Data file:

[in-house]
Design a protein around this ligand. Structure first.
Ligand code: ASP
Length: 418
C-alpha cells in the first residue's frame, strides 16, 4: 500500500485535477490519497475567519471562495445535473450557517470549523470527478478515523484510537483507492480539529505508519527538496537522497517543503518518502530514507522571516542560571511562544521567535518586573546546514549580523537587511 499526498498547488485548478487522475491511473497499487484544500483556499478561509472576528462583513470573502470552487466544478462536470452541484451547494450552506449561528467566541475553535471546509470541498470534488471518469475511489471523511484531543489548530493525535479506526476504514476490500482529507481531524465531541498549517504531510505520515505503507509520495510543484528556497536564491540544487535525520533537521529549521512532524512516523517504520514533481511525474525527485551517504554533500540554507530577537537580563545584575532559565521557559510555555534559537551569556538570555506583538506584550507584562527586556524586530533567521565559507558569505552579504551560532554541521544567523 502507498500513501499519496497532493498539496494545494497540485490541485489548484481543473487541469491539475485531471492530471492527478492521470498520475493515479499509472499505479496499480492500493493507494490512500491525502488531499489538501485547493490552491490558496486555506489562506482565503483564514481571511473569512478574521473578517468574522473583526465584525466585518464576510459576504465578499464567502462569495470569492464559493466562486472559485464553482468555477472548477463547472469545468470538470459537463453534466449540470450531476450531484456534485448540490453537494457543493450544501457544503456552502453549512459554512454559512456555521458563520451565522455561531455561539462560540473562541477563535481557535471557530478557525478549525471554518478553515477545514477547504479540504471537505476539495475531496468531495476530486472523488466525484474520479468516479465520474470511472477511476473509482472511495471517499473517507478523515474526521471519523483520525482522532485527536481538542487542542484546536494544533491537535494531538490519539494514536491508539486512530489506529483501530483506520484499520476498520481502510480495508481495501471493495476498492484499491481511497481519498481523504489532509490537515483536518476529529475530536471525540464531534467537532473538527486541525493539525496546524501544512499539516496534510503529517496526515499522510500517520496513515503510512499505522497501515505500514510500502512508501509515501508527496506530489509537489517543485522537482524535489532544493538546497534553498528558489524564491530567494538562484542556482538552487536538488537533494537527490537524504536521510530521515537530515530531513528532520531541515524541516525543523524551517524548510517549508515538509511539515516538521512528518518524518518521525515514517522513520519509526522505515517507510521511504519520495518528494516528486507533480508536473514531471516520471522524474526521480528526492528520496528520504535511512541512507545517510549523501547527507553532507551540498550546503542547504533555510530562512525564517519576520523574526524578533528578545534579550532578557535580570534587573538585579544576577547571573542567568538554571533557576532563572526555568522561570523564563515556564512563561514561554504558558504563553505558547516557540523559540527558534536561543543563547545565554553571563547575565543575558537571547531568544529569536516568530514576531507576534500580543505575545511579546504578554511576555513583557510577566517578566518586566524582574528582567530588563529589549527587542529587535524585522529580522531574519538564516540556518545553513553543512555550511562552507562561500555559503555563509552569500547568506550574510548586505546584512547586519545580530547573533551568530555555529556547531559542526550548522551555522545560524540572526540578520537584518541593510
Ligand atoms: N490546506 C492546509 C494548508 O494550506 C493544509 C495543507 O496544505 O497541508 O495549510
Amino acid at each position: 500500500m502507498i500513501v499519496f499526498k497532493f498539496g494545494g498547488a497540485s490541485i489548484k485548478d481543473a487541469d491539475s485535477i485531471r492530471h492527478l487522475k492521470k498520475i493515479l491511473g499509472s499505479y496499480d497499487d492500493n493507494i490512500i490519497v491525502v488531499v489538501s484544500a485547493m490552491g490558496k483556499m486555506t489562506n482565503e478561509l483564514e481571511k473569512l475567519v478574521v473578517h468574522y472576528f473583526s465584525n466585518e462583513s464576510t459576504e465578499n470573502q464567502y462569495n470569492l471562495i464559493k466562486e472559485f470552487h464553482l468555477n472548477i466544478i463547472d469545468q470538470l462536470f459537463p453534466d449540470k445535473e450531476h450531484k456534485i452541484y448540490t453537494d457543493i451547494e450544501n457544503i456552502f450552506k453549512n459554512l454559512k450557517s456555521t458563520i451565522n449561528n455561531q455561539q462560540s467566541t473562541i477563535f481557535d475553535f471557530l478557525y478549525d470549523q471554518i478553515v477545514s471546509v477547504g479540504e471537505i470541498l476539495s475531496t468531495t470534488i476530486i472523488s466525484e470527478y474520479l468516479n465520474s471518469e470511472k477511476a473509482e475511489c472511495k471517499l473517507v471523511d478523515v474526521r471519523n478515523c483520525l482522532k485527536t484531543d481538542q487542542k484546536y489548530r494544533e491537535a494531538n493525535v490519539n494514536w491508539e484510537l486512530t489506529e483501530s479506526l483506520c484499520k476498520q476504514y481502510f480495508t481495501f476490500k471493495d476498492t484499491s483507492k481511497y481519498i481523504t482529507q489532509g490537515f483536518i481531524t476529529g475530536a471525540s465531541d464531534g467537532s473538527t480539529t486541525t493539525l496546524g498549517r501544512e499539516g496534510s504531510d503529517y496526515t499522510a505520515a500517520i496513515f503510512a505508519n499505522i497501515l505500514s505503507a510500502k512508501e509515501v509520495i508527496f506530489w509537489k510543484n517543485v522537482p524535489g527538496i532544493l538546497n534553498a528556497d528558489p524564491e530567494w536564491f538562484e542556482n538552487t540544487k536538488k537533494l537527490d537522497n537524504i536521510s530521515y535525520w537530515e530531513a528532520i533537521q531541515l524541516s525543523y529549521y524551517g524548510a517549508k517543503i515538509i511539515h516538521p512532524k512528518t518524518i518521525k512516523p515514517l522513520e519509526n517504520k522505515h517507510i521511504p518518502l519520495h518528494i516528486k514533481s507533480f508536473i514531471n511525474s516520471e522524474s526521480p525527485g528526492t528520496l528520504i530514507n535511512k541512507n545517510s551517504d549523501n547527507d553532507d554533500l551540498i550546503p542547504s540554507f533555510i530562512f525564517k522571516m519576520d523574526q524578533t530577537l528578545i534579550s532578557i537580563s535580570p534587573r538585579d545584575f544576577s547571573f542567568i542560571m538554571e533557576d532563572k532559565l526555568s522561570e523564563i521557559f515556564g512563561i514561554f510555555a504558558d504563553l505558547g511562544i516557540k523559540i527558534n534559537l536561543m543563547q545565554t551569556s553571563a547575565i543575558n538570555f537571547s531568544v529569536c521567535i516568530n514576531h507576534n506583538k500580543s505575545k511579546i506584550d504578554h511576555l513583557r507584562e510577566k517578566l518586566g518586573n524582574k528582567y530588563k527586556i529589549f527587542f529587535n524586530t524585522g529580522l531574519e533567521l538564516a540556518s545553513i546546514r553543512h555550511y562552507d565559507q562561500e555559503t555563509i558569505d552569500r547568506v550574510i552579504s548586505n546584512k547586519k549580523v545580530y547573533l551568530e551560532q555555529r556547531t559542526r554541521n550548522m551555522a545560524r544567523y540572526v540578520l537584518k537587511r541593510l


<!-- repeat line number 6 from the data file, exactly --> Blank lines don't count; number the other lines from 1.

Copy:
Ligand atoms: N490546506 C492546509 C494548508 O494550506 C493544509 C495543507 O496544505 O497541508 O495549510